I’m generally a pretty messy person, but recently I’ve been trying to make an effort to get my life together by staying neat and organized. I’ve heard making your bed every day is not only tidy, but can also improve your mental well-being, so I decided to give it a try.
The first day I made my bed was a bit of a challenge, but I was excited to get started. I gathered up my supplies—lumber, hammer, nails, and a saw—and got to work. There was obviously a bit of a learning curve, but the end product did vaguely resemble a bed. Though I was exhausted, I was proud of my handiwork.
For day two of making my bed, I decided to up my game by consulting a professional at Home Depot. He gave me some great tips, and sold me a $300 power saw, which he said was absolutely essential. Weirdly, it took me even longer to construct my bed, because I was absolutely terrified of sawing off my fingers. I also felt kind of bad throwing away Monday’s bed, but I was committed to sticking with my plan.
By Wednesday, I was starting to get into the swing of things. Sure, my endeavor was becoming incredibly expensive, but that article in Oprah Magazine was right—making my bed every morning really helped relieve my stress and calm my mind, even though it did take up about 8 to 12 hours of my day.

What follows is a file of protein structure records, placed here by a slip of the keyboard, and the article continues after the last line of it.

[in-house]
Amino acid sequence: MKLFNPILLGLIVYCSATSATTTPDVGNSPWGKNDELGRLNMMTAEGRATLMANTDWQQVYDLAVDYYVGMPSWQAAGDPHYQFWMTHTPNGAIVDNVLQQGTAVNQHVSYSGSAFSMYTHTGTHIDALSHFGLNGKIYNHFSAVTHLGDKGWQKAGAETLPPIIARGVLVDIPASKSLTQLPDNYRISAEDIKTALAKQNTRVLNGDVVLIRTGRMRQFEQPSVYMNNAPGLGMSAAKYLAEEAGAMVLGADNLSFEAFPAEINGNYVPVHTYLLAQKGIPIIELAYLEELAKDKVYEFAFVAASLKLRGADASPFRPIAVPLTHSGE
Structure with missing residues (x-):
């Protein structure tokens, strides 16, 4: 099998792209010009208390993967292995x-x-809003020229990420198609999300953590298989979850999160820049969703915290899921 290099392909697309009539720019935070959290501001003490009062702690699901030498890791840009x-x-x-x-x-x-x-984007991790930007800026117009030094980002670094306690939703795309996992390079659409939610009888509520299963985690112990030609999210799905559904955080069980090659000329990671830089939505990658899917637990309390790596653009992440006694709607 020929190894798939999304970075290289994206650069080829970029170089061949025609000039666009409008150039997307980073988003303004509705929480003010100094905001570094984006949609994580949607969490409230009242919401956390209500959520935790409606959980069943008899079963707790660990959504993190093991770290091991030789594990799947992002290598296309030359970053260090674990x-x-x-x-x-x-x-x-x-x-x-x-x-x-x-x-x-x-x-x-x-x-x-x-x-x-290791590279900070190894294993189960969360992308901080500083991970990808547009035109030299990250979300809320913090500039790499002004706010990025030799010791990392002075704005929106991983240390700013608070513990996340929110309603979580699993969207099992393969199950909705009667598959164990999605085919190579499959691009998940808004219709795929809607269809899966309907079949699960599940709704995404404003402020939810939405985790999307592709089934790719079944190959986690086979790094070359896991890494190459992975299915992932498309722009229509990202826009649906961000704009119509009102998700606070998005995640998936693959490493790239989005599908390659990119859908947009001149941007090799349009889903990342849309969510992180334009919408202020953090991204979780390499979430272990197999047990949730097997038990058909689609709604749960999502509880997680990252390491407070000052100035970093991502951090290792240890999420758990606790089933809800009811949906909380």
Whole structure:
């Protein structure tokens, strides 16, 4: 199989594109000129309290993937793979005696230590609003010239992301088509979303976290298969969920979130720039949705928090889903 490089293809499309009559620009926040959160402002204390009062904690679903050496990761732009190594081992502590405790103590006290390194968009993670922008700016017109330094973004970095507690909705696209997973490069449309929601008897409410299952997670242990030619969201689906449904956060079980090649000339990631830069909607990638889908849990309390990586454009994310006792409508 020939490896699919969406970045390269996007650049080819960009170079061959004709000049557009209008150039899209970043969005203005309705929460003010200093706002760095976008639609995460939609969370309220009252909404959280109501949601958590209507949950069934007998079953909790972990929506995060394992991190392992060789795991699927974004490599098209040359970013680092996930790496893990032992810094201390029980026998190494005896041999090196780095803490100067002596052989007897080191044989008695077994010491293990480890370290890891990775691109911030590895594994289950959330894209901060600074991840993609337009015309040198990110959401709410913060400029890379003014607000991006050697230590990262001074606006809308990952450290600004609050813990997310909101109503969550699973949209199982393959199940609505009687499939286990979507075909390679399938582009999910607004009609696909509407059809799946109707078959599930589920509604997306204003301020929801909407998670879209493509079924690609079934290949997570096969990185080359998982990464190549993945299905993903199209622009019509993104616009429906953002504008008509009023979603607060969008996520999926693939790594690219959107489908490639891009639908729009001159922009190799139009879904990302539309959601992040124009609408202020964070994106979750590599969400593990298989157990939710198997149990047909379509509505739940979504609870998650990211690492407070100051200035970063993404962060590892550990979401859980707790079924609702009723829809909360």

Four days in, and I was starting to get a little tired. Not only were my muscles sore from all that hammering, but the beds I was making were not doing great things for my spine. I was also beginning to feel guilty for tossing all of that perfectly good lumber in the dumpster every day.
My friends were starting to get worried, wondering why I hadn’t gone to work or showed up to social events all week. Plus, my downstairs neighbors were furious about all the noise. If that wasn’t bad enough, the sawdust in my room was causing me respiratory problems. I was starting to realize this might be more trouble than it’s worth.
With all due respect to the people who make their beds every morning, I just don’t think I’ll ever be okay with consistently throwing away all that lumber every day. Maybe I’l just give the KonMari method a try instead.